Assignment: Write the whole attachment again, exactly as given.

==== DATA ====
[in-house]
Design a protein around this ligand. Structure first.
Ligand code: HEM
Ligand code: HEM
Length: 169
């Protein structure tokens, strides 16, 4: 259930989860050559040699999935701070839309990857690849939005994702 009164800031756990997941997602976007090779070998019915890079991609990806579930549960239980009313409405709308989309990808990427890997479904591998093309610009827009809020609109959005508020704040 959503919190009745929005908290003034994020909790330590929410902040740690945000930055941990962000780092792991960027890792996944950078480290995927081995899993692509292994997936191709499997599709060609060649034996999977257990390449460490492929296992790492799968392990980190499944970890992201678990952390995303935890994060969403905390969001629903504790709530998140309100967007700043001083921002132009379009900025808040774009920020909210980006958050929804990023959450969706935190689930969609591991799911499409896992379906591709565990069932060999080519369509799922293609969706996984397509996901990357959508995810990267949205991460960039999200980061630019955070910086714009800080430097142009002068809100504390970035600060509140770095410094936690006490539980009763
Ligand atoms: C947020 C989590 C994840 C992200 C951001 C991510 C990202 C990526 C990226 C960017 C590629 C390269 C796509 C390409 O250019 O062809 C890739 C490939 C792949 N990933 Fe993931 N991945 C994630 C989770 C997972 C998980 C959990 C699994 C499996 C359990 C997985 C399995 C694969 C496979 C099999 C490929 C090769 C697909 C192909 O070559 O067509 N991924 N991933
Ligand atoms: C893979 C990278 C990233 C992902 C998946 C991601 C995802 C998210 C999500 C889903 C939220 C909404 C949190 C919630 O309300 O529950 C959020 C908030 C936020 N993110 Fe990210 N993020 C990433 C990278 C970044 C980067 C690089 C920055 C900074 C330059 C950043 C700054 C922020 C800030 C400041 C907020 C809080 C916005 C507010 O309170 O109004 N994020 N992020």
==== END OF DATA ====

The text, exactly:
[in-house]
Design a protein around this ligand. Structure first.
Ligand code: HEM
Ligand code: HEM
Length: 169
């Protein structure tokens, strides 16, 4: 259930989860050559040699999935701070839309990857690849939005994702 009164800031756990997941997602976007090779070998019915890079991609990806579930549960239980009313409405709308989309990808990427890997479904591998093309610009827009809020609109959005508020704040 959503919190009745929005908290003034994020909790330590929410902040740690945000930055941990962000780092792991960027890792996944950078480290995927081995899993692509292994997936191709499997599709060609060649034996999977257990390449460490492929296992790492799968392990980190499944970890992201678990952390995303935890994060969403905390969001629903504790709530998140309100967007700043001083921002132009379009900025808040774009920020909210980006958050929804990023959450969706935190689930969609591991799911499409896992379906591709565990069932060999080519369509799922293609969706996984397509996901990357959508995810990267949205991460960039999200980061630019955070910086714009800080430097142009002068809100504390970035600060509140770095410094936690006490539980009763
Ligand atoms: C947020 C989590 C994840 C992200 C951001 C991510 C990202 C990526 C990226 C960017 C590629 C390269 C796509 C390409 O250019 O062809 C890739 C490939 C792949 N990933 Fe993931 N991945 C994630 C989770 C997972 C998980 C959990 C699994 C499996 C359990 C997985 C399995 C694969 C496979 C099999 C490929 C090769 C697909 C192909 O070559 O067509 N991924 N991933
Ligand atoms: C893979 C990278 C990233 C992902 C998946 C991601 C995802 C998210 C999500 C889903 C939220 C909404 C949190 C919630 O309300 O529950 C959020 C908030 C936020 N993110 Fe990210 N993020 C990433 C990278 C970044 C980067 C690089 C920055 C900074 C330059 C950043 C700054 C922020 C800030 C400041 C907020 C809080 C916005 C507010 O309170 O109004 N994020 N992020």